Worm Composting Basics

Let worms eat your garbage! They will happily turn it into some of the best fertilizer on earth-worm compost, otherwise known as worm castings or vermicompost.

Vermicomposting is a fascinating, fun and easy way to recycle your food scraps. A worm bin requires very little work, produces no offensive odors and provides worm castings that help plants thrive.  Composting with worms saves money on garbage bills, improves the fertility and water-holding capacity of garden soil, benefits the environment by recycling valuable organic materials, and helps solve the crisis of over-flowing landfills.

After Getting Started (see below), you will want to learn about Feeding and Maintaining Your Worms and Harvesting Worm Compost

If worm boxes don't thrill you, don't despair! There are other great ways to recycle food waste described in our Backyard Composting pages and in these PDF downloads: Homemade Food Scrap Composter and Burying Food Scraps

Getting Started

Only a few things are needed to make good worm compost:  A homemade or manufactured Worm Bin (see Resources), Suitable Bedding Materials, Red Worms, and Worm Food.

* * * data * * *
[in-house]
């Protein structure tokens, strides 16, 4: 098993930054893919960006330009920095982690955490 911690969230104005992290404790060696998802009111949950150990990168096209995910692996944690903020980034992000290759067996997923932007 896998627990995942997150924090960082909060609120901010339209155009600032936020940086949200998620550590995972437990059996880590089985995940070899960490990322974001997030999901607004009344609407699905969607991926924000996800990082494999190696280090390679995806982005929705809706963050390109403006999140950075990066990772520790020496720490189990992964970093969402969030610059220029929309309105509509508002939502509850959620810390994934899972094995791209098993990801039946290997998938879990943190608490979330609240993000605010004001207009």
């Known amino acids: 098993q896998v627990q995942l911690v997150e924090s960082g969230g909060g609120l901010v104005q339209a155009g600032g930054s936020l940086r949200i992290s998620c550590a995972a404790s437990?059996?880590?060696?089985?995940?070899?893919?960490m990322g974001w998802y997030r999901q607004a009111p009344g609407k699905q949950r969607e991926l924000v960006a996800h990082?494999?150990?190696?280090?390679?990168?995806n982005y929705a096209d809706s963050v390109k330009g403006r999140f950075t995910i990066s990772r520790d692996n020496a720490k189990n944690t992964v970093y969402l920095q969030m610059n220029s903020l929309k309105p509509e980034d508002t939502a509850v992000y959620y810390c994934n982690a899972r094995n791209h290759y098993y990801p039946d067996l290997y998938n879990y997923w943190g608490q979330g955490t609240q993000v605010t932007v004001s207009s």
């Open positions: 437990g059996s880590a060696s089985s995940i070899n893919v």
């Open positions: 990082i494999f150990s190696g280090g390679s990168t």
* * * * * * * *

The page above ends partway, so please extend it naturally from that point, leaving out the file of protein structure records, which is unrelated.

Where to Put Your Bin

Place your bin in the shade and, if possible, under a tree or an overhang to protect from frost. As long as outdoor temperatures are between 30 and 90 degrees and you have at least 4 inches of moist bedding in the bin, your worms should be fine. 

  • Under a tree
  • Along side of house
  • Garage
  • Patio or deck
  • Under the eaves
  • Shed

Bedding Materials

The compost worm's natural habitat is in piles of fallen leaves or manure. You will need at least four inches of bedding to keep the worms cool and moist, to give them fiber to eat and to discourage fruit flies from getting into the food. For best results, make bedding from a mixture of materials, including brown leaves (no pine, redwood, bay or eucalyptus), straw, sawdust, shredded corrugated cardboard, finished compost, well-rotted and rinsed horse manure, coconut pith fiber or coir (available from nurseries), and shredded black and white paper (no glossy or magazines).

A handful of soil or powdered egg shells provides grit which helps grind food in the worm's gizzard.

Put the bedding in your bin, toss in a handful of soil, moisten with water and mix until evenly damp.  You are now ready to add the worms and food. Over time, the bedding and food are eaten by the worms and turned into rich worm compost.


Compost worms are called "red worms" or "red wigglers". They are often found in old compost piles, but are different from the earthworms you normally find in the ground. Their scientific names are Eisenia fetida and E. fetida Andrei.  These worms have a big appetite, reproduce quickly and thrive in confinement. They can eat more than half their own weight in food every day!  Common earthworms and nightcrawlers don't survive well in bins since they normally live under the soil surface. When purchasing red worms, one pound is all you need to get started. Where to Buy Worms